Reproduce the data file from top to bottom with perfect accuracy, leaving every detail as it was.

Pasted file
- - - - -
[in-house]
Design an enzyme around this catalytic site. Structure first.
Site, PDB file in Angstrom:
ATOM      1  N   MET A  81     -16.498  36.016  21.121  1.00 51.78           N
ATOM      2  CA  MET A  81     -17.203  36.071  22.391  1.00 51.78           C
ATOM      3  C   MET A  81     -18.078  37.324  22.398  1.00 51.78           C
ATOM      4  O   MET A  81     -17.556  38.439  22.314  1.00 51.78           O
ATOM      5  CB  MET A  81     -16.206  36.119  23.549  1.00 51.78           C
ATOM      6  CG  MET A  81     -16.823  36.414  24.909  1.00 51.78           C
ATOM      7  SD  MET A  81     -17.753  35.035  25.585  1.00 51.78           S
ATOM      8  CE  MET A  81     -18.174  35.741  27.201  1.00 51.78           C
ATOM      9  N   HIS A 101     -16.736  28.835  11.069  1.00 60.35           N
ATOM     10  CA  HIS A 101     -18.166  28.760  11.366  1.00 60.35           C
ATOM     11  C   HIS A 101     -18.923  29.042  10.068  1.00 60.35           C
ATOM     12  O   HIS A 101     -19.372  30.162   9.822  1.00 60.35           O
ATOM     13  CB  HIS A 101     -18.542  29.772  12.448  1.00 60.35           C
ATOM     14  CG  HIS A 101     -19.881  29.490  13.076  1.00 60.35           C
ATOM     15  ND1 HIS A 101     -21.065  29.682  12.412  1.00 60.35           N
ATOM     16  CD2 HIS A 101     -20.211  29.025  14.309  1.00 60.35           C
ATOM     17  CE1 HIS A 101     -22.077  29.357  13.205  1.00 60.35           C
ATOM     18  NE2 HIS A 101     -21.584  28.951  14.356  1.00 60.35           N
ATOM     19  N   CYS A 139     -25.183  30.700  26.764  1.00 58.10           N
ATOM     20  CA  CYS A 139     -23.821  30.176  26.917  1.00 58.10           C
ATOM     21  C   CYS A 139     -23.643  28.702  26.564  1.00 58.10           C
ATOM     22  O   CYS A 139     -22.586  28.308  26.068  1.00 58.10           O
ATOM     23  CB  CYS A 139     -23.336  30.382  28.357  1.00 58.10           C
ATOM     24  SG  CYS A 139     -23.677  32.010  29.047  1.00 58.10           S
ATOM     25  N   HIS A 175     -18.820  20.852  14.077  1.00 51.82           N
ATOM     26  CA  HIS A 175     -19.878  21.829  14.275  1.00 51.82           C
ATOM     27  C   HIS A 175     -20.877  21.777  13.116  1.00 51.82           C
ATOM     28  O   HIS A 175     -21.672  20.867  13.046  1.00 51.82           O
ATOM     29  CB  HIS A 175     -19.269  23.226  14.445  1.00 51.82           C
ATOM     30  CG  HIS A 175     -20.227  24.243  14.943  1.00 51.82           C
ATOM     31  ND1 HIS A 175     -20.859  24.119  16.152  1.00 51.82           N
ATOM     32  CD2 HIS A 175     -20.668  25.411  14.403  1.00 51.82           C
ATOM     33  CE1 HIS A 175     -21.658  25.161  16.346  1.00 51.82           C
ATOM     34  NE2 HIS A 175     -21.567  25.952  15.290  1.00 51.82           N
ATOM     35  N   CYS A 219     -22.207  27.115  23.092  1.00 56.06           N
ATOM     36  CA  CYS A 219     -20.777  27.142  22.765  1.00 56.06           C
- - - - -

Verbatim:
[in-house]
Design an enzyme around this catalytic site. Structure first.
Site, PDB file in Angstrom:
ATOM      1  N   MET A  81     -16.498  36.016  21.121  1.00 51.78           N
ATOM      2  CA  MET A  81     -17.203  36.071  22.391  1.00 51.78           C
ATOM      3  C   MET A  81     -18.078  37.324  22.398  1.00 51.78           C
ATOM      4  O   MET A  81     -17.556  38.439  22.314  1.00 51.78           O
ATOM      5  CB  MET A  81     -16.206  36.119  23.549  1.00 51.78           C
ATOM      6  CG  MET A  81     -16.823  36.414  24.909  1.00 51.78           C
ATOM      7  SD  MET A  81     -17.753  35.035  25.585  1.00 51.78           S
ATOM      8  CE  MET A  81     -18.174  35.741  27.201  1.00 51.78           C
ATOM      9  N   HIS A 101     -16.736  28.835  11.069  1.00 60.35           N
ATOM     10  CA  HIS A 101     -18.166  28.760  11.366  1.00 60.35           C
ATOM     11  C   HIS A 101     -18.923  29.042  10.068  1.00 60.35           C
ATOM     12  O   HIS A 101     -19.372  30.162   9.822  1.00 60.35           O
ATOM     13  CB  HIS A 101     -18.542  29.772  12.448  1.00 60.35           C
ATOM     14  CG  HIS A 101     -19.881  29.490  13.076  1.00 60.35           C
ATOM     15  ND1 HIS A 101     -21.065  29.682  12.412  1.00 60.35           N
ATOM     16  CD2 HIS A 101     -20.211  29.025  14.309  1.00 60.35           C
ATOM     17  CE1 HIS A 101     -22.077  29.357  13.205  1.00 60.35           C
ATOM     18  NE2 HIS A 101     -21.584  28.951  14.356  1.00 60.35           N
ATOM     19  N   CYS A 139     -25.183  30.700  26.764  1.00 58.10           N
ATOM     20  CA  CYS A 139     -23.821  30.176  26.917  1.00 58.10           C
ATOM     21  C   CYS A 139     -23.643  28.702  26.564  1.00 58.10           C
ATOM     22  O   CYS A 139     -22.586  28.308  26.068  1.00 58.10           O
ATOM     23  CB  CYS A 139     -23.336  30.382  28.357  1.00 58.10           C
ATOM     24  SG  CYS A 139     -23.677  32.010  29.047  1.00 58.10           S
ATOM     25  N   HIS A 175     -18.820  20.852  14.077  1.00 51.82           N
ATOM     26  CA  HIS A 175     -19.878  21.829  14.275  1.00 51.82           C
ATOM     27  C   HIS A 175     -20.877  21.777  13.116  1.00 51.82           C
ATOM     28  O   HIS A 175     -21.672  20.867  13.046  1.00 51.82           O
ATOM     29  CB  HIS A 175     -19.269  23.226  14.445  1.00 51.82           C
ATOM     30  CG  HIS A 175     -20.227  24.243  14.943  1.00 51.82           C
ATOM     31  ND1 HIS A 175     -20.859  24.119  16.152  1.00 51.82           N
ATOM     32  CD2 HIS A 175     -20.668  25.411  14.403  1.00 51.82           C
ATOM     33  CE1 HIS A 175     -21.658  25.161  16.346  1.00 51.82           C
ATOM     34  NE2 HIS A 175     -21.567  25.952  15.290  1.00 51.82           N
ATOM     35  N   CYS A 219     -22.207  27.115  23.092  1.00 56.06           N
ATOM     36  CA  CYS A 219     -20.777  27.142  22.765  1.00 56.06           C